Plan to double the amount of on-site renewable energy to 20% criticised by both clients and green lobby
London mayor Ken Livingstone's tough energy rules, announced this week, have been greeted with scepticism by both clients and the green lobby.
In a revised version of the London Plan, Livingstone is proposing that every new development generate 20% of its energy needs from renewable sources. The previous rate of on site generation was 10%.
If all goes according to schedule, the requirement will go to public consultation in the autumn and be implemented early in 2008
Critics have argued that the hike in the renewable energy percentage is not achievable and therefore unlikely to be implemented.
Roger Madelin, chief executive of developer Argent, said current technology was not sophisticated enough to meet Livingstone's target. He said: "You can set whatever level you want but unless you create new technologies, that I currently don't know about, then it is a tall order. I'm not against targets but they have to be achievable. The Olympics are coming up, so we need to learn from someone who has got the answers and we need to learn together."
The British Property Federation also criticised the move, saying the mayor should focus on energy consumption in existing buildings.
Faraz Baber, director for regeneration and development at the BPF, said: "If no attention is paid to energy consumption by the occupiers then efforts to improve the energy efficiency of buildings will be redundant. An energy efficient building is useless if occupiers leave the lights on and keep the air-conditioning on full."
Argent's £2bn King's Cross development is one scheme that failed to meet 10% on-site renewable energy targets, as Madelin claimed it would take 523 wind turbines to generate enough power.
A spokesperson for the Mayor of London said: "Since the introduction of the London Plan, particularly in the past 18 months, we've seen applications with percentages of renewables that meet or exceed 20%. This proves that the technology does exist to meet the proposed 20% target.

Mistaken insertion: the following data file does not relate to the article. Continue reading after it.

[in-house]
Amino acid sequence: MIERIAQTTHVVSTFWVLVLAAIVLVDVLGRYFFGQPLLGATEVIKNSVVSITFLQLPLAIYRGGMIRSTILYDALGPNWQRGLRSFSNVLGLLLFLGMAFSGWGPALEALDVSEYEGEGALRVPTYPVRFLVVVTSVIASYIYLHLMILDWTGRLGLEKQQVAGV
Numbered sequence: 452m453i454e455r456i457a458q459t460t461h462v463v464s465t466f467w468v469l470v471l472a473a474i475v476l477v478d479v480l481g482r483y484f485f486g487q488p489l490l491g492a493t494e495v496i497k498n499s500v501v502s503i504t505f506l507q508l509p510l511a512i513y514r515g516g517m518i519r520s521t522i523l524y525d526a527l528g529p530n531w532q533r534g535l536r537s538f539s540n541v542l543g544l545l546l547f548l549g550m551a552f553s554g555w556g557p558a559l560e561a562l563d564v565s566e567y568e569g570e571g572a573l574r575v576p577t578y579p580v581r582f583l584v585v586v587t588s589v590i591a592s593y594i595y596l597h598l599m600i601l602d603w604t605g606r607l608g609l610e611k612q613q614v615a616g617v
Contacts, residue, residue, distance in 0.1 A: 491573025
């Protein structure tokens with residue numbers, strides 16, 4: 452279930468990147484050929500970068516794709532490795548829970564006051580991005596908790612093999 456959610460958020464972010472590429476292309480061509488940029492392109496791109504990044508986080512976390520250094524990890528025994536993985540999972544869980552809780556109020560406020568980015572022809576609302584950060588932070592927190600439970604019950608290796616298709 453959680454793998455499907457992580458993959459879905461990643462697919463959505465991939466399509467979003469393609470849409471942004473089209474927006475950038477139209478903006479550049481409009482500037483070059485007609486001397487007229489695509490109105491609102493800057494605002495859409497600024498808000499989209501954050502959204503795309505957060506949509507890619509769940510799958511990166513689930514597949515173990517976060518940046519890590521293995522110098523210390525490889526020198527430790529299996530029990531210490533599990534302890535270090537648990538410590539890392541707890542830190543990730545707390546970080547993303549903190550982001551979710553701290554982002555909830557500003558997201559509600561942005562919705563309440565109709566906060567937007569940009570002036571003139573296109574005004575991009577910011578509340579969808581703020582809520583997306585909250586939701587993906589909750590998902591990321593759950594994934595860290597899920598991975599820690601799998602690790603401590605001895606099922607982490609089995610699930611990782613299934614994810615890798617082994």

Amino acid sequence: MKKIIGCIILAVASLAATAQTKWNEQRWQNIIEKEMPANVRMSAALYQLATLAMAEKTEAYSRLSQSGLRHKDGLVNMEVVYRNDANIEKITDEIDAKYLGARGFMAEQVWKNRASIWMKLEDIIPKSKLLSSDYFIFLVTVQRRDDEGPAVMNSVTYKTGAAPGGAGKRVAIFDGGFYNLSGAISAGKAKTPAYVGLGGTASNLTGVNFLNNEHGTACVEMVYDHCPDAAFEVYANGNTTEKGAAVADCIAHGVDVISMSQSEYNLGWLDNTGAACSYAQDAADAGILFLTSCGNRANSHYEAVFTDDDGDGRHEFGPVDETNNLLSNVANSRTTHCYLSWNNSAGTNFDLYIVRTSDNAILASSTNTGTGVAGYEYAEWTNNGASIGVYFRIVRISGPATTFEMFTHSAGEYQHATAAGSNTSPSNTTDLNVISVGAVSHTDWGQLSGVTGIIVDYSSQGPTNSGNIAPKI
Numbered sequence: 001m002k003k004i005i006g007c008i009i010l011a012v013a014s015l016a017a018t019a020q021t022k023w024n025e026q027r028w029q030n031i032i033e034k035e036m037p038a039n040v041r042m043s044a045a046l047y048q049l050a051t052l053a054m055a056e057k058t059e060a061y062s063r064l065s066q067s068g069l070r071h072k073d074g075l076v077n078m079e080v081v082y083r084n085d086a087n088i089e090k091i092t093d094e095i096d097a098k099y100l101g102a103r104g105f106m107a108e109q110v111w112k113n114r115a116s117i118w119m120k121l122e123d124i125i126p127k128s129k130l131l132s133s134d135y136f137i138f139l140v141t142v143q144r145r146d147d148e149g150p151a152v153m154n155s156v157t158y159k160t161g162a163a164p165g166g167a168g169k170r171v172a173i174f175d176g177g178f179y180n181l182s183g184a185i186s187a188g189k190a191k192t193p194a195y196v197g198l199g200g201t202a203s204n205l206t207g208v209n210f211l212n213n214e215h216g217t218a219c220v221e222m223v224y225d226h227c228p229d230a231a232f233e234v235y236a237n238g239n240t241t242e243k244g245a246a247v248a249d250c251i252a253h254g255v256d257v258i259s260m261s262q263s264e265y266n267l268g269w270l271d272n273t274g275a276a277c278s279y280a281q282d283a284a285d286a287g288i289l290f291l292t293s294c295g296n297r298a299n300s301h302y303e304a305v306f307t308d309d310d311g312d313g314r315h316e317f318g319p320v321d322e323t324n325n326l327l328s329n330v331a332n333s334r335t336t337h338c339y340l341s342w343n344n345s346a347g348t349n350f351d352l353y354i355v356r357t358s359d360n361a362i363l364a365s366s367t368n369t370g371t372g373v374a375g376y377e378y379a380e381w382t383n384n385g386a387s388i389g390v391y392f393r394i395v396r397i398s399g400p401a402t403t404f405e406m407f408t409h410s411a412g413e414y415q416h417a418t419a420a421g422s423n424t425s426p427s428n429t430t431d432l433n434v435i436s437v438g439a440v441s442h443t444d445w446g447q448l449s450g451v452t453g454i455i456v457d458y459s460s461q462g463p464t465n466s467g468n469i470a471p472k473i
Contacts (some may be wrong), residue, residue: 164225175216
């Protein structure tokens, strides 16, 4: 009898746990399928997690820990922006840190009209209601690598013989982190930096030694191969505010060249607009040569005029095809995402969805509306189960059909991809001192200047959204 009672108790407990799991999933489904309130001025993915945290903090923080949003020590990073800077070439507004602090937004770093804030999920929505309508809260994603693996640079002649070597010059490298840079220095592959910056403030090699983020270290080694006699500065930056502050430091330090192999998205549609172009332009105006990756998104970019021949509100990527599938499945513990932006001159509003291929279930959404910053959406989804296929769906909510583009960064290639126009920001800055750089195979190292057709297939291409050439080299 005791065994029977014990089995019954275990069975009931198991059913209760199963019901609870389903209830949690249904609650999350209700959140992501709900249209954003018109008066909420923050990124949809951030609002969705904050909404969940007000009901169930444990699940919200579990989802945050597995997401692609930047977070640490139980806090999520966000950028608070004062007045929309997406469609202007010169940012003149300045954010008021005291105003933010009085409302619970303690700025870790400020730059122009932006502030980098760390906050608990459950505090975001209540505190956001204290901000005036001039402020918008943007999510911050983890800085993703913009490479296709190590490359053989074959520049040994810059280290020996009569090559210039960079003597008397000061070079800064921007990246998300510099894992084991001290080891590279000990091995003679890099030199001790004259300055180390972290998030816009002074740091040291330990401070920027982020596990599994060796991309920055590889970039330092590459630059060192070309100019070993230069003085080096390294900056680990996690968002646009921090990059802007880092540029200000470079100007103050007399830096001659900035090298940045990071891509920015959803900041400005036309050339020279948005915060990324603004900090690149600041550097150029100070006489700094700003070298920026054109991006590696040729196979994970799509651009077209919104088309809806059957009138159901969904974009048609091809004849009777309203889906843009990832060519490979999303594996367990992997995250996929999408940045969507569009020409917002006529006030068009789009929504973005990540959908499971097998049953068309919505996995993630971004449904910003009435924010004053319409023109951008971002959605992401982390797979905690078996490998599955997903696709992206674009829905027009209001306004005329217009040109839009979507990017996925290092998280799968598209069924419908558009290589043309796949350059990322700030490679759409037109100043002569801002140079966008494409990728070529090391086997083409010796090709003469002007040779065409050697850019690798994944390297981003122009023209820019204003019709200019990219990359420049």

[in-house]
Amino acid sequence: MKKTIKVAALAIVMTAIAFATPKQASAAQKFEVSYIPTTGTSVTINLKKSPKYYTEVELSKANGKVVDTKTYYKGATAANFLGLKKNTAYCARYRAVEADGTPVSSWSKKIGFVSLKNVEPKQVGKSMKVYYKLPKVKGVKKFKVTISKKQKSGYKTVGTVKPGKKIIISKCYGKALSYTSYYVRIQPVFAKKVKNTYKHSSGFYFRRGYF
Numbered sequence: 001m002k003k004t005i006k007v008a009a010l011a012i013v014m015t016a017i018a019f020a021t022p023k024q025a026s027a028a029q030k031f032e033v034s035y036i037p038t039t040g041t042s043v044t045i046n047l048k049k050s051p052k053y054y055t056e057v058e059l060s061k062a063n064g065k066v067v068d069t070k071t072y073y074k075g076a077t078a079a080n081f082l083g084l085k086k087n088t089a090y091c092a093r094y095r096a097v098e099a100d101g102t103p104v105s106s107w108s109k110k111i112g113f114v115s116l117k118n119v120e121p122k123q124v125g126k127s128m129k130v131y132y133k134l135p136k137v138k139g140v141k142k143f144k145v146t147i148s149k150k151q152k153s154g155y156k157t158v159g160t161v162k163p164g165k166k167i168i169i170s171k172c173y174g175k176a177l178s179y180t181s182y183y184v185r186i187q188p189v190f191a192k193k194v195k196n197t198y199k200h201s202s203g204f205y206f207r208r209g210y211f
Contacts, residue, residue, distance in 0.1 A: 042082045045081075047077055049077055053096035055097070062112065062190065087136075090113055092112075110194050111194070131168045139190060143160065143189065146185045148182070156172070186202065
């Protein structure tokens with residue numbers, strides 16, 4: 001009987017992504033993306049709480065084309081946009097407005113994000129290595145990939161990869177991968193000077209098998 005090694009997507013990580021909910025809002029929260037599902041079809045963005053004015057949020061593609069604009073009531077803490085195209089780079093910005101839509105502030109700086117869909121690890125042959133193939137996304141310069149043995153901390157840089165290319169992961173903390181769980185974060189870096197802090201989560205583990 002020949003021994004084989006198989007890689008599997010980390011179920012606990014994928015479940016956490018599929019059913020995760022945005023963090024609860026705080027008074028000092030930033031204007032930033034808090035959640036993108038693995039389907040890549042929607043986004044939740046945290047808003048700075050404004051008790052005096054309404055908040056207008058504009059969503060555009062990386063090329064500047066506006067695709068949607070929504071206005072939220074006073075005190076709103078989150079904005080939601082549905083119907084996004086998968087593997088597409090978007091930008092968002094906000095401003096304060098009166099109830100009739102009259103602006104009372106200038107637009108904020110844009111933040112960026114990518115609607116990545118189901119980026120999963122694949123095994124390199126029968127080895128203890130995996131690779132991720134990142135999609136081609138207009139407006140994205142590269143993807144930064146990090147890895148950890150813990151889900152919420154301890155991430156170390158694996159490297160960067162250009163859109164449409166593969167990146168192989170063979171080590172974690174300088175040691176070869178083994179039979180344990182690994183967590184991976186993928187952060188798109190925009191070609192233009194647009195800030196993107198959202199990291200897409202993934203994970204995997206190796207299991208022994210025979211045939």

"For King's Cross, Argent's own application shows that it is possible to meet the 10% target and are entering into a legal agreement to deliver this."
According to a report by the Green party in the London assembly, the mayor has approved many schemes that do not comply with the Greater London Authority's environmental policies (see box below).
Darren Johnson, a Green party London Assembly representative, said: "Doubling the requirement for on-site renewable energy is a welcome step and will be a real boost for small-scale technologies.
"But if there are too many get-out clauses developers will try to get away with not fulfilling the targets. It depends on how willing the mayor is to insist systematically on his own policies being implemented, instead of bartering and doing trade-offs."
Johnson added that the example of councils such as Kirklees in West Yorkshire proved that the 20% target was achievable.
"Councils such as Kirklees are looking at going beyond 20% so it shows it is achievable as long as there is the political will to apply it."
Developments that Ken’s waved through …
Developments with planning permission that do not comply with Livingstone’s London Plan environmental policies, according to the Green party’s Dash for Homes? report:
- St Bart’s Hospital: “Does not meet the mayor’s energy and water policies.”
- Royal London Hospital, Whitechapel: “While the mayor took a stand on the design, he did not raise the lack of compliance with his energy and water policies.”
- The Warren, Woolwich Arsenal (3000 residential units): “It is disappointing that renewables … were not considered by the applicant or insisted upon by the GLA.”
- Royal National Orthopaedic Hospital, Harrow: “The application went through relatively quickly … despite not meeting the mayor’s energy policies.”
- The Paragon, Harrow (mixed-use scheme): “The proposal does not meet most of the mayor’s policies on energy, renewables, water or biodiversity.”